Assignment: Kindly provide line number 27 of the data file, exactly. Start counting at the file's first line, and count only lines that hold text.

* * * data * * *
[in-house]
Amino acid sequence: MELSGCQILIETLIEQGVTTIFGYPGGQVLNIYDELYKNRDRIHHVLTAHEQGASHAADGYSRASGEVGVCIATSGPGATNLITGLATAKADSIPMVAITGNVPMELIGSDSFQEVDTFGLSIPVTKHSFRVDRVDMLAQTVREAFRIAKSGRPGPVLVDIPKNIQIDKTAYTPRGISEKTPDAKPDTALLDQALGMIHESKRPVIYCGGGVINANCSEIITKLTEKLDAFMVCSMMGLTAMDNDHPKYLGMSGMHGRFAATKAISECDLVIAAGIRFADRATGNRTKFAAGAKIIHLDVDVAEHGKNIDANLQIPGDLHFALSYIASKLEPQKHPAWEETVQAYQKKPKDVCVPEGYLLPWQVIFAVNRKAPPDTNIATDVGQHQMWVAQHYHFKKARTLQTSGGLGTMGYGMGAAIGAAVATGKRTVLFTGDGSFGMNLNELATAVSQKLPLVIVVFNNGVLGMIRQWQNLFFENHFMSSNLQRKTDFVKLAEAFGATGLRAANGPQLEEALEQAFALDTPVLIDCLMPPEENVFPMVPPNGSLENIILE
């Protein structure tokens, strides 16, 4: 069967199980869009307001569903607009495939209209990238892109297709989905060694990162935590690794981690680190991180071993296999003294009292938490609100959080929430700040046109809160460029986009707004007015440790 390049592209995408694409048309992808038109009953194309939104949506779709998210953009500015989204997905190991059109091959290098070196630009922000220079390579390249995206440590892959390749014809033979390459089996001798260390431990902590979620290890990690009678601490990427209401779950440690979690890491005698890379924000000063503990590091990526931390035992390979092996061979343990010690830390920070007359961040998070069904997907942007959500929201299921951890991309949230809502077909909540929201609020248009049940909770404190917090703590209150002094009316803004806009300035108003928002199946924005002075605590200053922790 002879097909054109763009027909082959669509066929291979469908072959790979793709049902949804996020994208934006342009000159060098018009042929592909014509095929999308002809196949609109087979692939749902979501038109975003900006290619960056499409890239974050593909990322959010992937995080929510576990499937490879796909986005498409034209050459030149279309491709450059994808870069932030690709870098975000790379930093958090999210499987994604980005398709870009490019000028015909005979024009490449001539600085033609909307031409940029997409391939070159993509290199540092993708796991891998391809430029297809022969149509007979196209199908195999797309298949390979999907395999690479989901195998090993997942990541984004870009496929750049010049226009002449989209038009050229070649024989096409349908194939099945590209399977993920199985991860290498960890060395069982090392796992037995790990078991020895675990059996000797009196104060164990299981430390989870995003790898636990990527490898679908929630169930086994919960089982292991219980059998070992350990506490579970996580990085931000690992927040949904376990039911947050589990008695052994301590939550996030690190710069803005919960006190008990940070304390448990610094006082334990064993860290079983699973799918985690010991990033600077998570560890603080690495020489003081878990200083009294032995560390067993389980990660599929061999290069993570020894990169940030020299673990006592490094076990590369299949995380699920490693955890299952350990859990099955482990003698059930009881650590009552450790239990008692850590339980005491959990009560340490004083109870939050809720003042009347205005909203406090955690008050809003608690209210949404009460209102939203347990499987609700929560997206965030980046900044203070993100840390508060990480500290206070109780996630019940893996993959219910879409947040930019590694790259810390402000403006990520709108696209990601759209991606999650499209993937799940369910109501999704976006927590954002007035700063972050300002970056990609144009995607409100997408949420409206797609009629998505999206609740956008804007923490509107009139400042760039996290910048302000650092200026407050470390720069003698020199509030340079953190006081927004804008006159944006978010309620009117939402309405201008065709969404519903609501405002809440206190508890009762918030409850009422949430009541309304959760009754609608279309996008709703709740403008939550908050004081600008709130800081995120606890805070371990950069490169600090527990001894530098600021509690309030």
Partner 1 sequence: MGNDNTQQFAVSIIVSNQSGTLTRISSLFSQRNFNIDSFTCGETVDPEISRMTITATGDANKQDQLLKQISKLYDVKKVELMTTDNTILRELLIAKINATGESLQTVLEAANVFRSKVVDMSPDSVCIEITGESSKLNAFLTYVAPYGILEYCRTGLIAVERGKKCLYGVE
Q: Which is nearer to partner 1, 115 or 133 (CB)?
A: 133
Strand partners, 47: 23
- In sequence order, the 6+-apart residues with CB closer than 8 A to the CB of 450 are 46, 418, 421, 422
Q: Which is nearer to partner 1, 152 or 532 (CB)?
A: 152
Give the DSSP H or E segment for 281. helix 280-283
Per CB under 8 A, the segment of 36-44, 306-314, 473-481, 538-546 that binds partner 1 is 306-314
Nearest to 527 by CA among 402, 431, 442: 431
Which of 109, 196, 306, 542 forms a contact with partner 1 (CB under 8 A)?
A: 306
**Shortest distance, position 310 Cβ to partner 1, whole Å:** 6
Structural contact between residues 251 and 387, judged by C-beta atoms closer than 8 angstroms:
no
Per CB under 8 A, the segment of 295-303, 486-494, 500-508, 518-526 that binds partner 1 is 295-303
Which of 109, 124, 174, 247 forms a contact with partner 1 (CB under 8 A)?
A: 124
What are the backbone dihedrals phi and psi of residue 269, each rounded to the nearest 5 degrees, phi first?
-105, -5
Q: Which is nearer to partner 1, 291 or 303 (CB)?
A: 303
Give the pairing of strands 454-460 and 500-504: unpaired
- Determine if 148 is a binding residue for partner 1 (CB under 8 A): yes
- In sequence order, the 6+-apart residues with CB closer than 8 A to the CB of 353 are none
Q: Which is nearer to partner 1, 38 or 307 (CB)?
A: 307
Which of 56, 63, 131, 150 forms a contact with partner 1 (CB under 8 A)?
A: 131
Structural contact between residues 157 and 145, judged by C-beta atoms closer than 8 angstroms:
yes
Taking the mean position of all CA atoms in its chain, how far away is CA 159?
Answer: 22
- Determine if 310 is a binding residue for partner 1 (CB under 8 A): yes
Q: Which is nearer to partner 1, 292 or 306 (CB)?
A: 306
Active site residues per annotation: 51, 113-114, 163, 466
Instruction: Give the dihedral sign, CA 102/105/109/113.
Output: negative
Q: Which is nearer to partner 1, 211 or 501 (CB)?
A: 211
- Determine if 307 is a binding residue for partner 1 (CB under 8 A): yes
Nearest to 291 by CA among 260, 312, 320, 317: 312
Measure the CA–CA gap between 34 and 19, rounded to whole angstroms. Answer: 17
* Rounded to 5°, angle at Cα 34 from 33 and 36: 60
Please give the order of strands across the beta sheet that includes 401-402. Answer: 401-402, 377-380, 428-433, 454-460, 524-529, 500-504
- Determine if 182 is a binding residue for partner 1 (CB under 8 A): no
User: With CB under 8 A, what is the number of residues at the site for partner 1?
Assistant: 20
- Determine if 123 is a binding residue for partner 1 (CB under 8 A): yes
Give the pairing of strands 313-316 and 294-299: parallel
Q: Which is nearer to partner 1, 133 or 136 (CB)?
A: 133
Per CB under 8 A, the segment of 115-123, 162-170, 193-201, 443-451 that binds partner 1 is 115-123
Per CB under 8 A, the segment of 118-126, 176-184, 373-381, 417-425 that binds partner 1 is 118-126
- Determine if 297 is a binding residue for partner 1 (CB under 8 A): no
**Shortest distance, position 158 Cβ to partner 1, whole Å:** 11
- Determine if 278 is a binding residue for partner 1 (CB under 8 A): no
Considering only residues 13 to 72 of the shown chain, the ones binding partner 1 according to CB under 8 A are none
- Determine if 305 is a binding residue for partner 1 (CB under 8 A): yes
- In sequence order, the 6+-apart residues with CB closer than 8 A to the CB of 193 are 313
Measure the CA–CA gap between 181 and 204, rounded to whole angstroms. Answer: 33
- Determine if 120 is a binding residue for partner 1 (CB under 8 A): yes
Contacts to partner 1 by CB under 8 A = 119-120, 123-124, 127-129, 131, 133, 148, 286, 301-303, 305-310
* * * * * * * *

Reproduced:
- Determine if 148 is a binding residue for partner 1 (CB under 8 A): yes